|In 1991 we moved into a house that needed completely modernising. A few years and 3 extensions later the building site was turned into our dream home! Most of the work we did ourselves, it was very tiring but great fun learning new skills like standing in wellies laying concrete floors or trying to get plaster to stick to walls! One month after the work was finally completed, I went down ill with a very bad sore throat, fever, swollen glands in neck, groin and under arms. Unable to get out of bed, but G.P. refused to visit. Prescribed antibiotics over ‘phone and said it was a virus……..6 weeks later no improvement – yep another course of antibiotics! Was this possibly glandular fever????? That was March 1999, my health didn’t improve, and much of 1999 was seen from peeping out from under my duvet cover.
Visits to hospital and G.P continued, only to be told I had had a bad virus and it would take some time to clear up. One day I ended up being sent to hospital with chest pains, and eventually we managed to get my GP to listen to me and after a barrage of tests disgnosed M.E.’
At first I was elated that he knew what was wrong, and I would be given a cure. It took several weeks for the realisation to sink in that there was nothing anyone could do. Then I felt my world had ended. The only advice my G.P. could give me was to go away and take things easy.
In 2001, I had a period of picking up, and living a near normal life...........but the year was very stressful, with family problems and a family bereavement. Stress definately seems to bring relapses with this illness.
In August 2001, my G.P. agreed to send me to see a consultant at the hospital, but had to wait till January 2002 to see her. The consultant was very helpful, but apart from a few more blood tests and an appointment made with occupational therapy to discuss pacing, there was nothing she could do to help and that the only advice he could give me was that I should eat healthily and try alternative therapies like Reikki and Reflexology.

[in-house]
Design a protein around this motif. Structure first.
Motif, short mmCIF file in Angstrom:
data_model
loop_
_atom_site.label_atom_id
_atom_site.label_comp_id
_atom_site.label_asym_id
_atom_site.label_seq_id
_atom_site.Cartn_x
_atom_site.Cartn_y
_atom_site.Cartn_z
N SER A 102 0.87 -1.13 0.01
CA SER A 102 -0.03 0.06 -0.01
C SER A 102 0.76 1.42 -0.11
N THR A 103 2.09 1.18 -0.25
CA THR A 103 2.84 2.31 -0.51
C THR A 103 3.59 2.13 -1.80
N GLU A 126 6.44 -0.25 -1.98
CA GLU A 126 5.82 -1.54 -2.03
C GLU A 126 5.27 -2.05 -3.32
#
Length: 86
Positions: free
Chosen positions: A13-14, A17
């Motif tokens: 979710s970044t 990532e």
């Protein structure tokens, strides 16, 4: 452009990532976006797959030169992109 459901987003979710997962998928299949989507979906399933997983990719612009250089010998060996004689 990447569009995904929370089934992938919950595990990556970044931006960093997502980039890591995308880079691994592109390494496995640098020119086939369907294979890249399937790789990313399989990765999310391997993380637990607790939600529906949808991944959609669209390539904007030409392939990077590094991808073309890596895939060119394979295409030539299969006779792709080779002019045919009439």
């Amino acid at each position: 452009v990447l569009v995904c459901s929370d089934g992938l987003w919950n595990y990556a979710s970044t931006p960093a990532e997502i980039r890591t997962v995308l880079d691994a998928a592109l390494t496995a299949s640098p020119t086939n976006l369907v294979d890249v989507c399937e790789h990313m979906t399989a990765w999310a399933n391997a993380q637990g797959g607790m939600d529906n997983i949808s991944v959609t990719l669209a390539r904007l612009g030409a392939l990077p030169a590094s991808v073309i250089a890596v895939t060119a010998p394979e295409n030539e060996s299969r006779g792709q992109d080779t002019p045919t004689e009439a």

I am trying the pacing, but it is extremely difficult. I am finding it very hard going.
Certain people in my life have insinuated that the pain and fatigue are all in my head--that it is just stress – they do not realise that this illness can make you feel so unwell and at times the pain is almost unbearable,
Although things have improved I still get annoyed that just lifting a heavy bag is very difficult. Then there are the days when I can barely put one foot in front of the other. I feel like climbing a mountain and being short of oxygen.
I do not know what the future holds at the moment, I try to believe that one day I will wake and this illness will have disappeared - but I know the statistics. At the moment I feel
I am balancing between relapse and moving forward and I just try to take every day as it comes and do whatever I can when I can.
|The following words echo how I feel -
The butterfly, a symbolic hope for me, longing for a day to soon break free.
Will I ever soar through the sky again? Or will I remain in this cocoon,
feeling so locked in?
A cocoon constructed by others around me. Longing to emerge--
to have wings to fly, So many changes taking place in me.
Why must there be pain, before I can be free?
Connie J. Schmoll